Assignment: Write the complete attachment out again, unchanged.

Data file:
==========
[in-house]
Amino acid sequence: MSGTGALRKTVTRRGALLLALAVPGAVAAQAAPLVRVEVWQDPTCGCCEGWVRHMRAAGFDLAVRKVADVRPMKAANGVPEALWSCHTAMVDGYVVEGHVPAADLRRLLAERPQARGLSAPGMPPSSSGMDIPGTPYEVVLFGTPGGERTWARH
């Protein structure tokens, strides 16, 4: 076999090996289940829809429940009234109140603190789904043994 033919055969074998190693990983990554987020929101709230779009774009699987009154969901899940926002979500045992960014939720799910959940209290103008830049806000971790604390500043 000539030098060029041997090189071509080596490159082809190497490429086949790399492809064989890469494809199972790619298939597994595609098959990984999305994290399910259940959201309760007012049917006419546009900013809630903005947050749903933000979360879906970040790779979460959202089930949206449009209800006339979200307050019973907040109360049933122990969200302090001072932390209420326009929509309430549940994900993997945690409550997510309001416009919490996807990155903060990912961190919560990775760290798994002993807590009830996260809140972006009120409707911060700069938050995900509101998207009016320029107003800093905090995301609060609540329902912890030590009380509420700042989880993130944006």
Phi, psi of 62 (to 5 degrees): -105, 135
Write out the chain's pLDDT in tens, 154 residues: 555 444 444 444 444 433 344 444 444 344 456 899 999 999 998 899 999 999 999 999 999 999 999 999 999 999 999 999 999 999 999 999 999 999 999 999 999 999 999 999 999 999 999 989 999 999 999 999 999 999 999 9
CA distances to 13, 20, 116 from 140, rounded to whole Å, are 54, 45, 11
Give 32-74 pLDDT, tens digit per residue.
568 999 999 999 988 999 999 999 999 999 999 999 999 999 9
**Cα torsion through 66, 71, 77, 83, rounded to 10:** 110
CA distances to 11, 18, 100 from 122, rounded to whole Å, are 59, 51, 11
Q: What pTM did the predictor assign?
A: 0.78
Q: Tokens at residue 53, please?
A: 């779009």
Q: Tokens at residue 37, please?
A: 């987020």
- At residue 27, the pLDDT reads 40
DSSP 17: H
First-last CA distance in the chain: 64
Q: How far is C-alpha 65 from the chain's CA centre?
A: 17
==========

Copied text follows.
[in-house]
Amino acid sequence: MSGTGALRKTVTRRGALLLALAVPGAVAAQAAPLVRVEVWQDPTCGCCEGWVRHMRAAGFDLAVRKVADVRPMKAANGVPEALWSCHTAMVDGYVVEGHVPAADLRRLLAERPQARGLSAPGMPPSSSGMDIPGTPYEVVLFGTPGGERTWARH
């Protein structure tokens, strides 16, 4: 076999090996289940829809429940009234109140603190789904043994 033919055969074998190693990983990554987020929101709230779009774009699987009154969901899940926002979500045992960014939720799910959940209290103008830049806000971790604390500043 000539030098060029041997090189071509080596490159082809190497490429086949790399492809064989890469494809199972790619298939597994595609098959990984999305994290399910259940959201309760007012049917006419546009900013809630903005947050749903933000979360879906970040790779979460959202089930949206449009209800006339979200307050019973907040109360049933122990969200302090001072932390209420326009929509309430549940994900993997945690409550997510309001416009919490996807990155903060990912961190919560990775760290798994002993807590009830996260809140972006009120409707911060700069938050995900509101998207009016320029107003800093905090995301609060609540329902912890030590009380509420700042989880993130944006």
Phi, psi of 62 (to 5 degrees): -105, 135
Write out the chain's pLDDT in tens, 154 residues: 555 444 444 444 444 433 344 444 444 344 456 899 999 999 998 899 999 999 999 999 999 999 999 999 999 999 999 999 999 999 999 999 999 999 999 999 999 999 999 999 999 999 999 989 999 999 999 999 999 999 999 9
CA distances to 13, 20, 116 from 140, rounded to whole Å, are 54, 45, 11
Give 32-74 pLDDT, tens digit per residue.
568 999 999 999 988 999 999 999 999 999 999 999 999 999 9
**Cα torsion through 66, 71, 77, 83, rounded to 10:** 110
CA distances to 11, 18, 100 from 122, rounded to whole Å, are 59, 51, 11
Q: What pTM did the predictor assign?
A: 0.78
Q: Tokens at residue 53, please?
A: 């779009």
Q: Tokens at residue 37, please?
A: 């987020």
- At residue 27, the pLDDT reads 40
DSSP 17: H
First-last CA distance in the chain: 64
Q: How far is C-alpha 65 from the chain's CA centre?
A: 17